Description It has been used in the following areas 1. general education purpose. The findings has been used in an undergraduate course where the potential application of continuous/pulsatile swirling flow is discussed 2. student final year projects to explore complex fluid mechanics 3. on open days to attract pupils to study engineering, especially in energy area. 4. attracted one PhD student, two international visiting PhD students and one UK visiting PhD student
First Year Of Impact 2019
Sector Education
Impact Types Societal

Description Durham University Grant Seedcorn Fund
Amount £12,000 (GBP)
Funding ID 037/18-19 
Organisation Durham University 
Sector Academic/University
Country United Kingdom
Start 03/2019 
End 06/2019
Description UK Fluids Network Short Research Visit
Amount £1,000 (GBP)
Organisation UK Fluids Network 
Sector Public
Country United Kingdom
Start 10/2018 
End 10/2018
Title Complex pulsatile flow generator using novel portable 3D printed components 
Description The method is the first time of using 3D printing to design and fabricate components which are able to generate special fluid dynamic characteristics which are otherwise difficult to achieve using conventional mechanical components. These characteristics is expected to enhance scalar mixing in pulsatile turbulent flows. These components are also specially designed to be easily integrated with others and to be easily portable to the facility. The fine features of the designed the component will also be very useful for flow control purpose, which are highly sensitive to special disturbance at critical regimes in the flow field. The project also generates a novel idea of 3D flow field measurement by extending the existing Tomographic PIV to multiple viewing angles using one camera, achievable by multiple optical fibres. 
Type Of Material Model of mechanisms or symptoms - in vitro 
Year Produced 2019 
Provided To Others? Yes  
Impact The first publication is to appear in 2019. The impact will be on the use of 3D printing techniques to achieve complex flow control and manipulations. The impact on the flow measurement technique is expected to have a considerable impact, but it needs further work to continue.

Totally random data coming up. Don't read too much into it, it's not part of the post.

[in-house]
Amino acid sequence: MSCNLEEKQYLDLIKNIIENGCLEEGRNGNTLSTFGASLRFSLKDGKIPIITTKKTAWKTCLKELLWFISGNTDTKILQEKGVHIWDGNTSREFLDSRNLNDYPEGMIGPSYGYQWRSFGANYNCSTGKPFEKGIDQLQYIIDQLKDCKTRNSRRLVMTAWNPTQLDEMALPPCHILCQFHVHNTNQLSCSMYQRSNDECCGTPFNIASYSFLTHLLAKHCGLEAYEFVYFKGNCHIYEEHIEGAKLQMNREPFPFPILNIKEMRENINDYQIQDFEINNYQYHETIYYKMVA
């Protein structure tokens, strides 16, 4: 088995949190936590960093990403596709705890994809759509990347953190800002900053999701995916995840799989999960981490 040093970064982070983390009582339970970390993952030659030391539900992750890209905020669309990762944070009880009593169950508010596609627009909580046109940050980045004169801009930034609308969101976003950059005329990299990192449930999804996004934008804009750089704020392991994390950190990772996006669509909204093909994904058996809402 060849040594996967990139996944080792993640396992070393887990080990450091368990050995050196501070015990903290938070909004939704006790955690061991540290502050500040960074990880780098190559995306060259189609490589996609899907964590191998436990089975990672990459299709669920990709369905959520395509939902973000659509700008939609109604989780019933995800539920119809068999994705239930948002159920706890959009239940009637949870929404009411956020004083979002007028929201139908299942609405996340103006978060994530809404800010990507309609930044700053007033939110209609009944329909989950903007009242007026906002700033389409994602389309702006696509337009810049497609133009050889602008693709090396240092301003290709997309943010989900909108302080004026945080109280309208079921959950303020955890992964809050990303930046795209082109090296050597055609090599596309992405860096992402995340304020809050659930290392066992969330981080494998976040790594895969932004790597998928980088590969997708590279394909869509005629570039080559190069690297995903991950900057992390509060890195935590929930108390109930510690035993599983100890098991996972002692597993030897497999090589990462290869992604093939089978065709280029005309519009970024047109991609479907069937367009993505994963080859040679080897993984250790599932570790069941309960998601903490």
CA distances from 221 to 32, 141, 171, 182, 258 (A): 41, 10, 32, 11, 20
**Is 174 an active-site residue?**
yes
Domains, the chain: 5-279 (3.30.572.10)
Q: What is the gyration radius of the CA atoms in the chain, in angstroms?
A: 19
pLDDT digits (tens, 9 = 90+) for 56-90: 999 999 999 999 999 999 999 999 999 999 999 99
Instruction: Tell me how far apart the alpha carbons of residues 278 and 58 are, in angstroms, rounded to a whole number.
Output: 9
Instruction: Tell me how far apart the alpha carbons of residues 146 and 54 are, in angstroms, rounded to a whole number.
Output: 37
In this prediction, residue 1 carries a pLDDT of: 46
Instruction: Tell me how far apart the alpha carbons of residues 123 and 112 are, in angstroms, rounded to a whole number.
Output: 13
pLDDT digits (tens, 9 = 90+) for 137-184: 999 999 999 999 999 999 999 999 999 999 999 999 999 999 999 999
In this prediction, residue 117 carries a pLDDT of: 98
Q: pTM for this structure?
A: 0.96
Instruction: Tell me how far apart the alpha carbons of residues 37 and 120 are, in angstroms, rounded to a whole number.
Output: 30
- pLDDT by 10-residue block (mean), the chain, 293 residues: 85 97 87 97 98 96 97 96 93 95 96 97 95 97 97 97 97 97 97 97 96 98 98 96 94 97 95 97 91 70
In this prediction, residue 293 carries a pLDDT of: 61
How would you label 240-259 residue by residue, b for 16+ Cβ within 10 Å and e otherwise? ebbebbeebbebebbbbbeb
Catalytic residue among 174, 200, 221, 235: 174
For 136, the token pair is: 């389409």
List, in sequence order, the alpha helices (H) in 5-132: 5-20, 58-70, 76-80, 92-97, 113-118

Title Using data assimilation to calculate pressure distribution from TomoPIV 
Description New algorithm for pressure field calculation from TomoPIV (three-dimensional three-component velocity field) was developed. This method shows it robustness and superior performance over all the other pressure calculation techniques. This technique essentially integrates experiments (PIV) and CFD and has a promising future in the fluid mechanics applications. 
Type Of Material Model of mechanisms or symptoms - in vitro 
Year Produced 2020 
Provided To Others? Yes  
Impact Non-invasive pressure field calculation is challenging. This technique offers the best ever pressure calculation way from velocity information, which can be obtained from PIV (2DPIV to tomoPIV). Its potential applications are in aerodynamic industries and biomedical areas. The paper has been selected as an Editor's Pick. 
Title The designed swirler angles on the generated swirl strength for both continuous and pulsatile turbulent flows 
Description We have collected a large amount of data base on the swirling strength generated from novelly designed and 3D printed swirlers. The database is for both jet like or piston-nozzle like turbulent flow generators and hence is for both continuous and pulsatile flows, which exhibits considerable differences. We have also develop a data analysis method to obtained the maximum energy obtainable for pulsatile flows with varying strengths.